# Shooting in 3D, vector math problem

Hi sxkod,
I put up a general info about local/global transforms and some common calculations here:
https://godotdevelopers.org/forum/discussion/18480/godot-3d-vector-physics-cheat-sheet

Positioning the bullet:
You’re setting the local translation/origin of the bullet with the global origin of the firepoint. This might work if the bullet is child a parent which has the position (0,0,0).
It is safer to set either

``````proji.set_global_transform(firepoint.global_transform)
``````

…to set projis position and rotation equal to firepoint) or…

``````proji.global_transform.origin=firepoint.global_transform.origin
``````

…to just set projis position equal to firepoint. (but not rotation)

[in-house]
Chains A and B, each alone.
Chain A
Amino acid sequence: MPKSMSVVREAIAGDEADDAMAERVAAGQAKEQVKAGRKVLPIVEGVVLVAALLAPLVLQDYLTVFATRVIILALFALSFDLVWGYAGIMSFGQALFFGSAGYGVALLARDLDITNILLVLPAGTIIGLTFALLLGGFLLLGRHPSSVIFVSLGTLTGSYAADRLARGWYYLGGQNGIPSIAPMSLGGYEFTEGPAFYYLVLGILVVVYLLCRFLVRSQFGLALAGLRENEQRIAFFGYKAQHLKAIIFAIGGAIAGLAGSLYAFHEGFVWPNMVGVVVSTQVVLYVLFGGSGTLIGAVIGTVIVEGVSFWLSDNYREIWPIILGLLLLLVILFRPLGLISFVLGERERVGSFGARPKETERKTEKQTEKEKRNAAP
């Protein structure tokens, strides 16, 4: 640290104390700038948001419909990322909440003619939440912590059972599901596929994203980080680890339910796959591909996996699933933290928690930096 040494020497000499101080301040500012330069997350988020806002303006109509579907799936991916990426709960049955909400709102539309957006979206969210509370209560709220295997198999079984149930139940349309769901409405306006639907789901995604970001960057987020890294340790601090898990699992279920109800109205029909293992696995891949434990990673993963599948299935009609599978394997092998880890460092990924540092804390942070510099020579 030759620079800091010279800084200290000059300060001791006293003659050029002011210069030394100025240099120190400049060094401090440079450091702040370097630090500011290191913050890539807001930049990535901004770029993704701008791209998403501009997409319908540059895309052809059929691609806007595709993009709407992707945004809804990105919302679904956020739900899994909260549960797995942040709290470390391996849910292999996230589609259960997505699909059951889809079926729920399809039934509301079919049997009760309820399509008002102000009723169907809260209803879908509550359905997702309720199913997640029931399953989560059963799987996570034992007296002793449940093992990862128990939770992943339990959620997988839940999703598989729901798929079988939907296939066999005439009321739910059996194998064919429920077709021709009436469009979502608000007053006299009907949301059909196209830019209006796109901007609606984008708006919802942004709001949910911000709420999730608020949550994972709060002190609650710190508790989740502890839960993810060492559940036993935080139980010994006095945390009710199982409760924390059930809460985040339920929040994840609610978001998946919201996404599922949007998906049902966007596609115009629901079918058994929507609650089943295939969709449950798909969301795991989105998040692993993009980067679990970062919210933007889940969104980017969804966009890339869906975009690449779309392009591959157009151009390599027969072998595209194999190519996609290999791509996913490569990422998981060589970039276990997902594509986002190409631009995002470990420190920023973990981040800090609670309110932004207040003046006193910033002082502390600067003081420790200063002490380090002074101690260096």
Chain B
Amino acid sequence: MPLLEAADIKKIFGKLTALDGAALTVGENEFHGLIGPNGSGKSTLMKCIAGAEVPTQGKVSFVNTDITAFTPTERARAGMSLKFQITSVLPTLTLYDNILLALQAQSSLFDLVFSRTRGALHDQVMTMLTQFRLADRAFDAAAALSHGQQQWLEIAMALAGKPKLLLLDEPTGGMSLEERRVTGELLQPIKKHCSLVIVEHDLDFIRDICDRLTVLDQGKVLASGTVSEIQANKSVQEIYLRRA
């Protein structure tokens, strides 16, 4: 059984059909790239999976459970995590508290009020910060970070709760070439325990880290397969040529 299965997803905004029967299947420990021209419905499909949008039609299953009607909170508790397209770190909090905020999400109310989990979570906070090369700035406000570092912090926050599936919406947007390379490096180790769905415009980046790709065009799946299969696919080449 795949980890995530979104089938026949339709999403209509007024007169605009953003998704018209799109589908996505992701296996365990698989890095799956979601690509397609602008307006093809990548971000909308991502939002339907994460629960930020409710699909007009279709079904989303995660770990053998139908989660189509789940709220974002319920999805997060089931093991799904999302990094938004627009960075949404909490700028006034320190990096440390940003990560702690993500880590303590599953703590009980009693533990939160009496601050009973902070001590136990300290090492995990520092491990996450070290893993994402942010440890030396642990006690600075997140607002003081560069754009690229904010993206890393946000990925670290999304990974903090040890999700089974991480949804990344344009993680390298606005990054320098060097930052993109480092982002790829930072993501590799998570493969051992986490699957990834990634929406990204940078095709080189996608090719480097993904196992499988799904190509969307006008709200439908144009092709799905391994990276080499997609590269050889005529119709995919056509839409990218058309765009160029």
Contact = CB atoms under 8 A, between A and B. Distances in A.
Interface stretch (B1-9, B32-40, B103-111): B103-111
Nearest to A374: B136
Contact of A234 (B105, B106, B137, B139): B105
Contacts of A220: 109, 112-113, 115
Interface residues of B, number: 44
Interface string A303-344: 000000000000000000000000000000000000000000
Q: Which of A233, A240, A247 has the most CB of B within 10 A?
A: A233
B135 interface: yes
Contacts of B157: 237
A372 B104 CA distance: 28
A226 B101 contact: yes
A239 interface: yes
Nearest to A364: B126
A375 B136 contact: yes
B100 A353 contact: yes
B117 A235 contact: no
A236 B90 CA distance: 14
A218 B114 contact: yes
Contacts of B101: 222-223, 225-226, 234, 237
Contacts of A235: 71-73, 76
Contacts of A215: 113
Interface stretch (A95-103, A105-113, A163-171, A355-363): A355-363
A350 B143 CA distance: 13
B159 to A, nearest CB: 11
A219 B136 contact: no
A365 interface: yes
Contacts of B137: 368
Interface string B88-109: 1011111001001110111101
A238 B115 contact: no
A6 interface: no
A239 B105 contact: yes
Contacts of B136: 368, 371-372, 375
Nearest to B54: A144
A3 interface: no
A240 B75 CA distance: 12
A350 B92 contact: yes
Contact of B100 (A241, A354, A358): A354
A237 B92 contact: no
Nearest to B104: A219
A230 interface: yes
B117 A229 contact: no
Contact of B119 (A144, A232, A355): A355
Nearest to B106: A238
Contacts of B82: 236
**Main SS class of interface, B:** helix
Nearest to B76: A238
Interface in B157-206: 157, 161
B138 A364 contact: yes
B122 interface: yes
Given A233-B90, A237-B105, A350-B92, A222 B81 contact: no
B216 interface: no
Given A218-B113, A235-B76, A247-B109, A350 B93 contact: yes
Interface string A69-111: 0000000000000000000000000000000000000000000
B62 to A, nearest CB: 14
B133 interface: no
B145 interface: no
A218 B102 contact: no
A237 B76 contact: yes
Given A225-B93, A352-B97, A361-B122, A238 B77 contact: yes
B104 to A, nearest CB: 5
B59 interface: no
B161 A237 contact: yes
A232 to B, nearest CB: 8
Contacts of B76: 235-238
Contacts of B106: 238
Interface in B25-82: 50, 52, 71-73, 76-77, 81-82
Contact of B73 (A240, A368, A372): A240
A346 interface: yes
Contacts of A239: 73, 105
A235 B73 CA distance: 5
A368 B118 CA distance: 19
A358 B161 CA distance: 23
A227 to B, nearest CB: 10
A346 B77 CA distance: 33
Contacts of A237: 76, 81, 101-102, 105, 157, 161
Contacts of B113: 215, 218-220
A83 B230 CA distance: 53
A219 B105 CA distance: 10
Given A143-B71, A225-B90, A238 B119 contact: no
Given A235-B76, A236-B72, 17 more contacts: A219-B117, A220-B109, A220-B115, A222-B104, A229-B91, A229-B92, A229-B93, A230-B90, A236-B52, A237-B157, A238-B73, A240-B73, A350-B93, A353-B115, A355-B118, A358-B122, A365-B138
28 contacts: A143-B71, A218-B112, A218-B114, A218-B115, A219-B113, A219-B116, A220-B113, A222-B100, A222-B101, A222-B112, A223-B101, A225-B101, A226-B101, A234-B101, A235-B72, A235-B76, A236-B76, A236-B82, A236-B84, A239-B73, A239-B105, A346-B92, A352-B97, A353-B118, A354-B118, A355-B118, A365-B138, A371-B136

If you would want to offset the bullit i.e. 0.5m along the firepoints z-axis then you could use:

``````proji.global_transform.origin += firepoint.global_transform.basis.z * 0.5
``````

or

``````proji.global_transform.origin += firepoint.global_transform.basis.z * -0.5
``````

… for the other direction.

Be the force with you:
`apply_impulse` receives two parameters:
-1: An offset in global coordinate space to the rigidbodies origin. So in this case this would probably simply be (0,0,0), or you could use apply_central_impulse() as well.
-2: Is the force/impulse vector in the global coordinates space (so rotation is global).

So applying the impulse would be:

``````const MY_FORCE = 100

proji.apply_central_impulse(firepoint.global_transform.basis.z * MY_FORCE * -1)
``````

This applies a force of “100” to the bullit (you may use more or less depending on the mass you set on the bullet and how far and fast you want it to go) in the direction of -z of the firepoint. Should the bullet go “backwards” then remove the `* -1` of the line above.

Hi wombatstampede,

That worked. I also read your write up. For someone mathematically challenged as me, that is a clear explanation. So, thanks so much.

sxkod | 2019-02-16 13:46